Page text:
Structural principles in the design of hygroscopically moving plant cells

Research output: Chapter in Book/Report/Conference proceedingChapterpeer-review

Abstract

Plants do not have mineralized skeletons. Instead, each of the plant's cells has an envelope of a cellulose-based wall, which provides a mechanical support to the organism. This stiff wall enables plants to assume flexible body shapes. However, the wall interferes with proteinous muscle-like movements of cells and organs because it is too stiff to yield to forces generated by motor proteins. Nevertheless, plants move constantly. The movements rely on water translocations, which result in the swelling (or growth) of cells located strategically. Water may swell protoplasts in movements that require live cells, like tip growth, tropism, and gas exchange. Other movements are initiated by the swelling of cell walls. These occur in dead tissues that can afford drying. The hygroscopically based movement is very common in seed dispersal mechanisms. The seed that detaches from the mother plant is carried by a cellulosic device. This device was synthesized by the plant and programmed to do some mechanical work, like jumping, crawling, and sowing, in order to deliver the seed to a germination location. This nonliving device provides the seed with means to move away from its mother and siblings. The movement may utilize several types of cells, which differ in the arrangement of cell wall cellulose microfibrils. I present here three types of contracting cells that, together with stiff fiber cells resisting any contraction, create a variety of hygroscopic movements.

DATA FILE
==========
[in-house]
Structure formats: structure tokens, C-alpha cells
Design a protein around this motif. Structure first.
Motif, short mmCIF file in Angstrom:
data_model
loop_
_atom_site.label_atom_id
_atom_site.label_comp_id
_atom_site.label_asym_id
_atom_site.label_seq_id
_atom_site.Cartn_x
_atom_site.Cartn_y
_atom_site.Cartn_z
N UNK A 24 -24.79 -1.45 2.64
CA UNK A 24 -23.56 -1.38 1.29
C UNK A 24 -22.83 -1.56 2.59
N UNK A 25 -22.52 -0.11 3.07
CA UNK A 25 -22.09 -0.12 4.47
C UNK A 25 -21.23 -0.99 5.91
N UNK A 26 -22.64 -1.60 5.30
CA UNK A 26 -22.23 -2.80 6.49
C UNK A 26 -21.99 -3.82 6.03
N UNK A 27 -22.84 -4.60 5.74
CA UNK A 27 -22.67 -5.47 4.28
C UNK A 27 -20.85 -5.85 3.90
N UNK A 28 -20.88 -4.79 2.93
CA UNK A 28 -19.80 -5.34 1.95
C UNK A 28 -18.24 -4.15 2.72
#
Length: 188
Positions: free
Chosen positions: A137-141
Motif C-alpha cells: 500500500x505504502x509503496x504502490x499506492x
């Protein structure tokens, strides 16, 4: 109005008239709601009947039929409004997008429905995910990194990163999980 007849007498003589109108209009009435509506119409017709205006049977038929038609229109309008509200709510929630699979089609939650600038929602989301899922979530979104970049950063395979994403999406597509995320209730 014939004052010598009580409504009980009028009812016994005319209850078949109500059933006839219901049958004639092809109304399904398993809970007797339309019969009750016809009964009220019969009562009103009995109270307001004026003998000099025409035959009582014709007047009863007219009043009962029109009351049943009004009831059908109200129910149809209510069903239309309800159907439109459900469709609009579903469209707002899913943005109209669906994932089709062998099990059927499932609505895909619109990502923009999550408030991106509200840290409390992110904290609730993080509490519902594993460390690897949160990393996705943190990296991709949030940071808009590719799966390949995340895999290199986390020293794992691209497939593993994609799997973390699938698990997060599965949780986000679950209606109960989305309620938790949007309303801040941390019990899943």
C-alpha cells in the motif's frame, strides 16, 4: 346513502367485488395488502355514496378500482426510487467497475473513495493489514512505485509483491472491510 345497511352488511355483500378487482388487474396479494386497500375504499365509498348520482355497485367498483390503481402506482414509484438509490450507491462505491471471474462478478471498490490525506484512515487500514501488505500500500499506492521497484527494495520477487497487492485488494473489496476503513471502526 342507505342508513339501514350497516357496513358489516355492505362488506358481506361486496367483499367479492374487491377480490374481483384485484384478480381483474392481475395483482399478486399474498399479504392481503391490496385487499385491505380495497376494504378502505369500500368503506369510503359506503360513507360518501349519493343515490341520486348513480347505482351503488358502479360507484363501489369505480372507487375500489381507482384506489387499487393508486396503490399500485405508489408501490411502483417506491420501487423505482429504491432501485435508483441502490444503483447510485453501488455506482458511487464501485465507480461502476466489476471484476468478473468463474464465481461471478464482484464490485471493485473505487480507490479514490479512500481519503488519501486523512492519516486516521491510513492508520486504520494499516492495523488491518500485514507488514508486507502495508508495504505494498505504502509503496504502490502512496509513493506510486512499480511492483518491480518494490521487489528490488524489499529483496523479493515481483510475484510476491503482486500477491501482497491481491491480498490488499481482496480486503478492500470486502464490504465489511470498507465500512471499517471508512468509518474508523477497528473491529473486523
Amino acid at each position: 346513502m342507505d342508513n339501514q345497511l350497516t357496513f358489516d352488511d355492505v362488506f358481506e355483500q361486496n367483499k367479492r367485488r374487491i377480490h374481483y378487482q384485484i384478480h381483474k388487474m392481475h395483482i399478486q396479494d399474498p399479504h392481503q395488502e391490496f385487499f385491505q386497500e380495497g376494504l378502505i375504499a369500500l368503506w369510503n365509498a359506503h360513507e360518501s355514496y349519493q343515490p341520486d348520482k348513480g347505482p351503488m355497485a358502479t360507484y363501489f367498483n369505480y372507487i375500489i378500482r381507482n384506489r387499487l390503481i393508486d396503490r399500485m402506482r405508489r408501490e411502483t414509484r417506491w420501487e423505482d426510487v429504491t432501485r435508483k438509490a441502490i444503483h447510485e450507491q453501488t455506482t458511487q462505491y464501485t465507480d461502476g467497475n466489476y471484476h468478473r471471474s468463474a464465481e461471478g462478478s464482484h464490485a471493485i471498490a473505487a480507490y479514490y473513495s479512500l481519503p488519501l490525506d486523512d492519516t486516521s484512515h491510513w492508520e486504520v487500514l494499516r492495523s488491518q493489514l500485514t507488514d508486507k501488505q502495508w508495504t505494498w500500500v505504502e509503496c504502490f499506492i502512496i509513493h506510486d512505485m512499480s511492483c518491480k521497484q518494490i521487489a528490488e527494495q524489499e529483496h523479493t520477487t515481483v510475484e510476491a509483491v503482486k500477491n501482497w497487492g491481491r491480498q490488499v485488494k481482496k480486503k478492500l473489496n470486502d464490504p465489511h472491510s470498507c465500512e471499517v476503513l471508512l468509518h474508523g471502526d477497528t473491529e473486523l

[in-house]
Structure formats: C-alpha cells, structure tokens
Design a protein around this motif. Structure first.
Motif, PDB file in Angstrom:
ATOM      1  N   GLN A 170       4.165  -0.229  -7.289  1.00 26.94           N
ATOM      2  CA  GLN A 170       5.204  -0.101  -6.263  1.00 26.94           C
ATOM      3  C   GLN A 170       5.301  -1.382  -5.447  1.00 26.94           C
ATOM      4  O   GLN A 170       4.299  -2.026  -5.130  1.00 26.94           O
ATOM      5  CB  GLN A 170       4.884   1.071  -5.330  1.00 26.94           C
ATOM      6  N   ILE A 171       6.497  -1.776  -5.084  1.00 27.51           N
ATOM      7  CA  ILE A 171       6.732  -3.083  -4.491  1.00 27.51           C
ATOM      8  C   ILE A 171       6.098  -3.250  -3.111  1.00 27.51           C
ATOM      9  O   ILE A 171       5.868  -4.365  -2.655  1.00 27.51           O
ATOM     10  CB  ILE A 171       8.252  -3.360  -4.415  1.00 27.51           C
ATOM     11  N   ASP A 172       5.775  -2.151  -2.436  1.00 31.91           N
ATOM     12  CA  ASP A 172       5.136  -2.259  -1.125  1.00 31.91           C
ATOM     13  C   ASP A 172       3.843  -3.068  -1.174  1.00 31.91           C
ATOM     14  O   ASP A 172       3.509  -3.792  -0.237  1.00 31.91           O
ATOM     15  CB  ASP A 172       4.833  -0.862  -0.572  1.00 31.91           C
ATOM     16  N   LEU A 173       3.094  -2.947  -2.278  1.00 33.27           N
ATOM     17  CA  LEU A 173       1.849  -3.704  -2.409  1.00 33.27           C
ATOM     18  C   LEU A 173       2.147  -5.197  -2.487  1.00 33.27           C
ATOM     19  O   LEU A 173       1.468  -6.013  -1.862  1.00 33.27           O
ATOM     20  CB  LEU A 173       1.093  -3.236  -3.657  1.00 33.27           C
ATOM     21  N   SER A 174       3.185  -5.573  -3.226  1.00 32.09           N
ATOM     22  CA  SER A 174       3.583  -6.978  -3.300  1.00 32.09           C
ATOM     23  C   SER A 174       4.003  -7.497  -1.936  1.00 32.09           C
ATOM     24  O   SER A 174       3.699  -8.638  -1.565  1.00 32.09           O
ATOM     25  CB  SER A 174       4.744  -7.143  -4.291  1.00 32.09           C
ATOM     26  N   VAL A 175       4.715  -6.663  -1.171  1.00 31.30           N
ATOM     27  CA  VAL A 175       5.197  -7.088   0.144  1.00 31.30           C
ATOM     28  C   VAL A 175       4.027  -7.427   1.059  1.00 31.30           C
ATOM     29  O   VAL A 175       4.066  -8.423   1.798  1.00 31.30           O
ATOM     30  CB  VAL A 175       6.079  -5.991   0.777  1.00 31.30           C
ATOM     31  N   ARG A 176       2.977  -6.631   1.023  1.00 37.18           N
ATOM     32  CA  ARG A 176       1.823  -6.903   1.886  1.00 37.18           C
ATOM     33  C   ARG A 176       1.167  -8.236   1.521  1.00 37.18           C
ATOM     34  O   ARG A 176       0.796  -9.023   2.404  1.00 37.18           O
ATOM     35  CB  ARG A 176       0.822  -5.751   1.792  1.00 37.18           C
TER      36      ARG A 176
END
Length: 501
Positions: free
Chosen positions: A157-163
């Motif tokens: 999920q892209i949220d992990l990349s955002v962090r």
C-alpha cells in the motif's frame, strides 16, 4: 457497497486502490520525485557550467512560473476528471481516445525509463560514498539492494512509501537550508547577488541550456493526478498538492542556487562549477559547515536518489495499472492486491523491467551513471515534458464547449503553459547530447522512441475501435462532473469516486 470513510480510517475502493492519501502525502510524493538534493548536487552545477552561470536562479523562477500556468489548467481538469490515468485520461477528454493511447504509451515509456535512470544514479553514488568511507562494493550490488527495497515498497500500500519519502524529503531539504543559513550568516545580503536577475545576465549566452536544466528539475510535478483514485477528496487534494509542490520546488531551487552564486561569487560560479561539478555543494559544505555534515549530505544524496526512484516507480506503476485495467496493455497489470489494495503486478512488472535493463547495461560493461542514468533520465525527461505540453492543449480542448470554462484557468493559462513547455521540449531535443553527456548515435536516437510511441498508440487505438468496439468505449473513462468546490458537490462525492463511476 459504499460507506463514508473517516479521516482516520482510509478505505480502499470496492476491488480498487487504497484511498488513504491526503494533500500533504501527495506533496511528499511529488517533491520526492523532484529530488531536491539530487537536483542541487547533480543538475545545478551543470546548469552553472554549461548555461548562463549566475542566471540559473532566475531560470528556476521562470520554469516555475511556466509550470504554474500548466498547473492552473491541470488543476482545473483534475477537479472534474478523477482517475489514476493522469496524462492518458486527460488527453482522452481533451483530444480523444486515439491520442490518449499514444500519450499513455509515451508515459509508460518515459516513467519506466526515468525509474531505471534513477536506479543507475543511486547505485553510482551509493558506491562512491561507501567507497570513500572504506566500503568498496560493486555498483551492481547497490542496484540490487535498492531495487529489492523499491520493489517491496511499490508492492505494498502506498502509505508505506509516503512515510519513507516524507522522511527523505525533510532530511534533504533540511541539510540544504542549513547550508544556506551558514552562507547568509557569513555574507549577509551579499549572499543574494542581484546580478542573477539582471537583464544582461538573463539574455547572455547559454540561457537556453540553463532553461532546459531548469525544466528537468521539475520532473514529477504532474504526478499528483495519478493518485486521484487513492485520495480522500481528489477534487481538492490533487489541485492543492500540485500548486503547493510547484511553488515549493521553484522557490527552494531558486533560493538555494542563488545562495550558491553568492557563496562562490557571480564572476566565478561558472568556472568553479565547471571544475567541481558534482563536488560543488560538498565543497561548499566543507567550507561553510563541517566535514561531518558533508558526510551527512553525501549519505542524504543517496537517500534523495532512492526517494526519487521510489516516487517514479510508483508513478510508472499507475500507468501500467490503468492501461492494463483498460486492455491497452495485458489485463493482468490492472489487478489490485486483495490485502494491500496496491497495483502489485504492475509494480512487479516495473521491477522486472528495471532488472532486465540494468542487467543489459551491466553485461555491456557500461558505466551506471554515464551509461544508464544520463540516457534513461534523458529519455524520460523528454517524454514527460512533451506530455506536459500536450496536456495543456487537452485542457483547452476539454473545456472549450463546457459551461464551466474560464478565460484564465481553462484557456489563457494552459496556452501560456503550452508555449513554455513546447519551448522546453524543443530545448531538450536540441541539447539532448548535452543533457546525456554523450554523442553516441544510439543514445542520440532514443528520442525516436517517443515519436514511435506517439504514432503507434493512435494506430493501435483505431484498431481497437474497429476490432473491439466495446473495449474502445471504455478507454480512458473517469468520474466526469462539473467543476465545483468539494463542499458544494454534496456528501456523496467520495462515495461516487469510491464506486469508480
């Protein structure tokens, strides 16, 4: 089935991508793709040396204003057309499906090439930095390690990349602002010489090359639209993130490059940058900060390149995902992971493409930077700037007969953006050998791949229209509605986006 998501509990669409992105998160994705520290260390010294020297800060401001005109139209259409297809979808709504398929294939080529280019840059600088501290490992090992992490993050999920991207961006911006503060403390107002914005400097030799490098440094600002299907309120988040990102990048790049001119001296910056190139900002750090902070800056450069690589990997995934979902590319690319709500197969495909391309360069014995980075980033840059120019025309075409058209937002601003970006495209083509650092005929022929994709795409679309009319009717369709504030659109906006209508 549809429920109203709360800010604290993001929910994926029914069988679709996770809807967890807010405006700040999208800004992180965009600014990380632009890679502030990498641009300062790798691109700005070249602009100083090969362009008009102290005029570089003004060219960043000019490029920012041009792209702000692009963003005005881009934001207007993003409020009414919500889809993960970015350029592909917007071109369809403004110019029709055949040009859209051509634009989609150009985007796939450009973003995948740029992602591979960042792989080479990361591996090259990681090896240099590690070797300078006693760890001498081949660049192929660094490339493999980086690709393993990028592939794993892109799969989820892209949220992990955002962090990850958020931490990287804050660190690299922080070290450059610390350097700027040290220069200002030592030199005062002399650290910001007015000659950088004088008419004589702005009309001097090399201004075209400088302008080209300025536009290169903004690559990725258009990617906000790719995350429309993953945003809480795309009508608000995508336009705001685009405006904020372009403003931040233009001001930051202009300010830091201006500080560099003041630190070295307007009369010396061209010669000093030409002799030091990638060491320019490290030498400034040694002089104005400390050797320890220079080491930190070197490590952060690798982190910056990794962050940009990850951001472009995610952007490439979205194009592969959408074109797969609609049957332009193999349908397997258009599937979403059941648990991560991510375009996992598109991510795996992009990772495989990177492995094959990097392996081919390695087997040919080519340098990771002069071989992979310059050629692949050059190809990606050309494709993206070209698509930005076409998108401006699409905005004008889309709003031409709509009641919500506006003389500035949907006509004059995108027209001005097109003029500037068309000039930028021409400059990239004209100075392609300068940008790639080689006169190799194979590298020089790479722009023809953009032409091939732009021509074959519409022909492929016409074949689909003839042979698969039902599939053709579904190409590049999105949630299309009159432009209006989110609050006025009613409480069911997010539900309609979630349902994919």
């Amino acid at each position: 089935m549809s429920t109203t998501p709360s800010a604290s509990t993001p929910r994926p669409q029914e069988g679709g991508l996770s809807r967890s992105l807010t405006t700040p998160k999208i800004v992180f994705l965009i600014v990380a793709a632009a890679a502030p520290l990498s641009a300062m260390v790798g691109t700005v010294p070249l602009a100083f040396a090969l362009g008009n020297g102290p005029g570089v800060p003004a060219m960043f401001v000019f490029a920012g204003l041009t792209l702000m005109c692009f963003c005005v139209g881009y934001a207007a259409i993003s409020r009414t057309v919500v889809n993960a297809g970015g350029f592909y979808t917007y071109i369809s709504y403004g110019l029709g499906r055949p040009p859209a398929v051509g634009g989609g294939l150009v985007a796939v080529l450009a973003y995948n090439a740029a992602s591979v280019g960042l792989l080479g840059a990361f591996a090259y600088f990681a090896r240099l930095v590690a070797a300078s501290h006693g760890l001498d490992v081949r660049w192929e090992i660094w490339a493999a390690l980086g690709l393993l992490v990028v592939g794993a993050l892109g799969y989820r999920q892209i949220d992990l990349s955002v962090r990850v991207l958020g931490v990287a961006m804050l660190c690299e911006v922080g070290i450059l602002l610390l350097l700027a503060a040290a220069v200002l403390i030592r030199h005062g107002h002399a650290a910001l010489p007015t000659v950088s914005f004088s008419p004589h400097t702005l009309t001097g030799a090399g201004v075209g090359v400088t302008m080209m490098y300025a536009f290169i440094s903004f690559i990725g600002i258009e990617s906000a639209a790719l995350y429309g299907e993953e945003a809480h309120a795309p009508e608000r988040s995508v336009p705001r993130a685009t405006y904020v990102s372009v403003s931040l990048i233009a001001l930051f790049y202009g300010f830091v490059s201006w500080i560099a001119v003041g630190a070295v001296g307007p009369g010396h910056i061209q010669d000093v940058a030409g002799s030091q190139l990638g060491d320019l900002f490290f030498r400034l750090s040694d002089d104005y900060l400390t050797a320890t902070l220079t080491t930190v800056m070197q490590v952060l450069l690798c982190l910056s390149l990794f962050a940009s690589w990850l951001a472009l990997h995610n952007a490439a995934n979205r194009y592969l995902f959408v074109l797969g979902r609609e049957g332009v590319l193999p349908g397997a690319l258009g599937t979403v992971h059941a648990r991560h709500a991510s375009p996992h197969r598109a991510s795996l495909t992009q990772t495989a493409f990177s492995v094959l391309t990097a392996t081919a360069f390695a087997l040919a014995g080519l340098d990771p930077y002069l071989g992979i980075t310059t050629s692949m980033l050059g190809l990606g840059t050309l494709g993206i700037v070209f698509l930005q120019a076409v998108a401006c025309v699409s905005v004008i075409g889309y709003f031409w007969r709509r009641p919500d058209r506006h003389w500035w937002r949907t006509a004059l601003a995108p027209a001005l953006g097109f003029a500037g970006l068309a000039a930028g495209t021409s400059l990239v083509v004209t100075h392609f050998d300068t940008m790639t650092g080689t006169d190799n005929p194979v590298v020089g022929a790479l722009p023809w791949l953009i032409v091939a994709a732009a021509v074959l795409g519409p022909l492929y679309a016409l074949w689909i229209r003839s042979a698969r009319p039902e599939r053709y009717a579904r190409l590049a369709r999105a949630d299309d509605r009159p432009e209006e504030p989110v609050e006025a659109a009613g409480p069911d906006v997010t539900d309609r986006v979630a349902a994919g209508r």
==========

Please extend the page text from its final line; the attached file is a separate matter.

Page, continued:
Original languageAmerican English
Title of host publicationPlant Biomechanics
Subtitle of host publicationFrom Structure to Function at Multiple Scales
Pages235-246
Number of pages12
ISBN (Electronic)9783319790992
DOIs
StatePublished - 9 Jun 2018

Keywords

  • Cellulose microfibril angles
  • Coiling cells
  • Contraction
  • Fiber cells
  • Hygroscopic movement
  • Secondary cell wall
  • Seed dispersal

All Science Journal Classification (ASJC) codes

  • General Biochemistry,Genetics and Molecular Biology
  • General Agricultural and Biological Sciences

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